Sharkbite Summer

This episode recounts the events of the summer of 2001, which was dubbed the "Summer of the Shark" in America, due to the media surrounding a spate of violent shark attacks. Ironically, data indicates that it was an average summer - actually a few shark attacks fewer than the previous summer, but the media and public consciousness blew it out of proportion (surprise, surprise). There's a humorous scene where a bunch of news choppers are flying about over a sea swarming with sharks, describing it as the sharks amassing an army for an invasion to take back the beaches. XD

Great White Appetite

In this episode, the appetite of one of the largest apex predators on the planet is singled out for study. An all-you-can-eat tuna buffet is set up to determine how much a Great White can eat before becoming full (the answer: as much as a quarter of its body weight). The White's eating habits and patterns are also studied, including (unsurprisingly) a visit to the infamous Seal Island in False Bay, located at the southern tip of Africa - the home of "Air Jaws", a phenomenon where Great Whites launch themselves out of the water in a torpedo-like attack on the seals swimming at the surface (technical term: polaris breach). There are also *two* humorous occasions of a Great White biting into a boat - in the first one, the shark takes a chunk out of the inflatable bumper of a large raft, while the host is sitting in it. :o

Shark After Dark

Shark After Dark is as close as this year's episodes get to a "mysteries of the deep" theme, despite their first stop being Seal Island (yet again) - although the night time footage of Great Whites performing polaris breaches (in the dark!) is pretty exciting. Luckily, the episode moves on to some more unique species, as the crew studies the behavior of the prehistoric Six Gill Shark in the Puget Sound near Seattle, which lives deep in the ocean by day and comes up to the "shallows" to feed at night. The crew then explores an atmospheric sunken ship populated by Sand Tigers, who are more plentiful and aggressive at night, much like the Lemons who swarm the crew by night in the last segment.

My one significant complaint about Shark Week in general is that they don't air shark programming 24 hours a day. Saturday is the day where they do sharks all day long, but the rest of the week it's only during certain hours (premieres air at 9pm). I know they have other shows to air and they probably want to pull in customers not interested in Shark Week and whatnot, but it just kind of seems like, while it's Shark Week, you should be able to switch on the TV any time of day and see sharks on your screen. Am I right? Also, repeats of certain episodes throughout the week is obviously nice for those who might miss it here or there, but it'd be nice if they had more variety of episodes (interestingly, 24 hour shark programming would provide that opportunity). Anyhow, it's still Shark Week, and Shark Week is one of the greatest weeks in TV programming (perhaps second only to the scary movie blocks that air during October), that's kept me coming back year after year for over a decade. It's a tradition I intend to uphold for as long as I can. :D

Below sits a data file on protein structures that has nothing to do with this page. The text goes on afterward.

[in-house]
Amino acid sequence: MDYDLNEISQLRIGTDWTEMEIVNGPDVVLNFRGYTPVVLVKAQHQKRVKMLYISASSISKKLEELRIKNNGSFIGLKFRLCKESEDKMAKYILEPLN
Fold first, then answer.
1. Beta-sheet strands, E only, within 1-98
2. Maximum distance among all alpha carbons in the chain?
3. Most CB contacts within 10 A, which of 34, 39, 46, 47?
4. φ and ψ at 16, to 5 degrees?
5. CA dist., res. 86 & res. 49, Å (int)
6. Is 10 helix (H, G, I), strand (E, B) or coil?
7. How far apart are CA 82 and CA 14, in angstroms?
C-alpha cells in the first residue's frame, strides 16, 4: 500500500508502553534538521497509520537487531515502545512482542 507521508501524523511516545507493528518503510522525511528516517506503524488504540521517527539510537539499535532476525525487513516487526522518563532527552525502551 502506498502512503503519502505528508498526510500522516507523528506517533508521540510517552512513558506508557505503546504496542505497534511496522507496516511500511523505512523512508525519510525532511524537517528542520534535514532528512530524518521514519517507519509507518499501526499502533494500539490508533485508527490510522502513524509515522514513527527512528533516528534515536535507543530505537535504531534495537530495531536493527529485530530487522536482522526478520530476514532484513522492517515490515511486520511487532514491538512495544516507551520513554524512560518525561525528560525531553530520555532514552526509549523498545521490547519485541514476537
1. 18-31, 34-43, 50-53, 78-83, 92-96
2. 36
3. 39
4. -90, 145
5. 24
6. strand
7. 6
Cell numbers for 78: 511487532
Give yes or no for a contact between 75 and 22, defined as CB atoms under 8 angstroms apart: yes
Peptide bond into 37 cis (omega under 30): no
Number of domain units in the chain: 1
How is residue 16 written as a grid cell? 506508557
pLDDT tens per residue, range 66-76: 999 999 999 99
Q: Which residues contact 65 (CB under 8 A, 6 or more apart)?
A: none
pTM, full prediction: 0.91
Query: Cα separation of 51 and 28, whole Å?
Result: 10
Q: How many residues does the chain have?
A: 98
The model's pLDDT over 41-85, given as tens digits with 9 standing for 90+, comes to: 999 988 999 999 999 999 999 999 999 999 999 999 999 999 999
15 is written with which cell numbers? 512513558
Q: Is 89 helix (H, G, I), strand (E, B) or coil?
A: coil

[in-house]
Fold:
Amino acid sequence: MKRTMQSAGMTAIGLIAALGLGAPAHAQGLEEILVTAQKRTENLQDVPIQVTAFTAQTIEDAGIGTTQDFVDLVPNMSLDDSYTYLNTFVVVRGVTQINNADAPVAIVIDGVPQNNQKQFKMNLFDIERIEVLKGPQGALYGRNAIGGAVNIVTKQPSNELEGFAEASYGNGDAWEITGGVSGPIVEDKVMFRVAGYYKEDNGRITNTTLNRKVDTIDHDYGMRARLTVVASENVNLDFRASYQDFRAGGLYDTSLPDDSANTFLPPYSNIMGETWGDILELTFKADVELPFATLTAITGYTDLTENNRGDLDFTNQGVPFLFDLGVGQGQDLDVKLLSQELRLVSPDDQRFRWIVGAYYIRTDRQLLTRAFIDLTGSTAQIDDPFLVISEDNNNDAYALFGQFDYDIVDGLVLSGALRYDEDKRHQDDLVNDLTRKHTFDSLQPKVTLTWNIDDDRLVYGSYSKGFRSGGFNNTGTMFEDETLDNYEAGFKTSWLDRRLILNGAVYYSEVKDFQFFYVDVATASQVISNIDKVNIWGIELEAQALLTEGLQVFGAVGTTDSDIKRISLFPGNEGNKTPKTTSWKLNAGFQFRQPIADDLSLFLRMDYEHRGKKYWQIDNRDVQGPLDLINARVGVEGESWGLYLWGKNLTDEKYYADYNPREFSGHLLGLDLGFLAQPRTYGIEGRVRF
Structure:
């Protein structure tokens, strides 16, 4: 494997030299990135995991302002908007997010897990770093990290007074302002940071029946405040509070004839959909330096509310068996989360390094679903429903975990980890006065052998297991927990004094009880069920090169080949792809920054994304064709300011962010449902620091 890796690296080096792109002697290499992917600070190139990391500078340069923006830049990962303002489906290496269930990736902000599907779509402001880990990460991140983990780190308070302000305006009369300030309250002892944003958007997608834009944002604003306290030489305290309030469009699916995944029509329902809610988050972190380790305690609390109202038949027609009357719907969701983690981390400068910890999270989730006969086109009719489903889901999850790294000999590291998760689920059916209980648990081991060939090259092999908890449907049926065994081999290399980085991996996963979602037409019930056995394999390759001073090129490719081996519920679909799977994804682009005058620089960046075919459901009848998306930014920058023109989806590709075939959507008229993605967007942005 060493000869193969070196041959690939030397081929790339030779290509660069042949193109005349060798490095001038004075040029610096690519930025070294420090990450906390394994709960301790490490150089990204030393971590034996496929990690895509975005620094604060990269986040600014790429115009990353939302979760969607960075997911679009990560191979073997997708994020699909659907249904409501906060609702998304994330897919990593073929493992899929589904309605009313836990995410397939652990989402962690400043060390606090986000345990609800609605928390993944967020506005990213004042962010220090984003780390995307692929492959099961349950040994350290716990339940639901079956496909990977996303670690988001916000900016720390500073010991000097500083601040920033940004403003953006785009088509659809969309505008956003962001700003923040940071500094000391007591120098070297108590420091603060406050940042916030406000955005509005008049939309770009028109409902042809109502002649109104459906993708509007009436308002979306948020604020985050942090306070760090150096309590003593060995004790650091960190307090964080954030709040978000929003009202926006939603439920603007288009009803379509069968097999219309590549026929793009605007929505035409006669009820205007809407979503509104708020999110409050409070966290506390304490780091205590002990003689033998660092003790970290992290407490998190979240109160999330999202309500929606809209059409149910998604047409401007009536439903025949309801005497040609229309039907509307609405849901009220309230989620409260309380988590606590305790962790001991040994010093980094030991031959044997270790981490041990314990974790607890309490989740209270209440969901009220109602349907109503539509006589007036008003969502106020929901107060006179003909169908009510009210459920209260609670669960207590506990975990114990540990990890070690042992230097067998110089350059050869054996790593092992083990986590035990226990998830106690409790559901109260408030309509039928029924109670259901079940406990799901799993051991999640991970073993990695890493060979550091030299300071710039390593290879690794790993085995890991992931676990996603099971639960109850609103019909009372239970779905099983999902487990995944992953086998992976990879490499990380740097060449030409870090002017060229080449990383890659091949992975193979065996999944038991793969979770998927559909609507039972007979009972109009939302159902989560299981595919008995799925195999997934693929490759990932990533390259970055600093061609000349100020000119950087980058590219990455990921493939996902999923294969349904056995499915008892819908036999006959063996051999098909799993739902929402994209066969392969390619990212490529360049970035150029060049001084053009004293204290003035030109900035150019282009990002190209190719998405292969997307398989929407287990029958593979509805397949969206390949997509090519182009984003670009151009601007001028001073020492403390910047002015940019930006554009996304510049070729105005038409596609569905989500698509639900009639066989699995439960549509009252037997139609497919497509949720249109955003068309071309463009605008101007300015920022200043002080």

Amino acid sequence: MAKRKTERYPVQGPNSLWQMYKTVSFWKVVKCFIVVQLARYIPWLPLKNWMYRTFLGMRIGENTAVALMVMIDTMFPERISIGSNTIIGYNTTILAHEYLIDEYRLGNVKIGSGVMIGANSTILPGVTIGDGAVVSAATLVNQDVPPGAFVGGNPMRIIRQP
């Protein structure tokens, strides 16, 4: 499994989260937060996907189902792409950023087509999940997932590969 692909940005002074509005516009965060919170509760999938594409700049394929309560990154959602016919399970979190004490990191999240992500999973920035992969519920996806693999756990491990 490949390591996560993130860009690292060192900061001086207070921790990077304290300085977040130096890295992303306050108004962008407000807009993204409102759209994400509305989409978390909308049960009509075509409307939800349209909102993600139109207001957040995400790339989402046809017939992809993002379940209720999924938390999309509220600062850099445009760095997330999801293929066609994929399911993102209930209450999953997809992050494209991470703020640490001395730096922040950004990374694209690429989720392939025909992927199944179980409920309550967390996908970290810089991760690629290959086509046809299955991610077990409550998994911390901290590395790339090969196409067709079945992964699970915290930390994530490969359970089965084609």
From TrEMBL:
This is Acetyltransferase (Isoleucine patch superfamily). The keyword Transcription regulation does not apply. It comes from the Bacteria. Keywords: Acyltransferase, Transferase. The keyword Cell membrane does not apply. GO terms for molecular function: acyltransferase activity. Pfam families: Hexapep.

1 comment:

  1. My biggest complaint about Shark Week is that the episodes from previous years seem to be... tossed in the dumpster as far as I can tell. Certain epsiodes will occasionally become available on DVD (generally sold as stand-alone documentaries without a connection to shark week, though a 20th anniversery Shark Week set was released which does contain one of the all time best eps, Prehistoric Sharks.) I don't see why they don't replay all these old episodes during Shark Week. In the digital age they could release all the episodes ever on DVDRs, produced for a few bucks a pop and sold to collectors for $30 a disc. If I could pick and choose eps I would totally go for a best of shark week DVD.

    Anyway looks like it was a good year and it sucks that I missed it.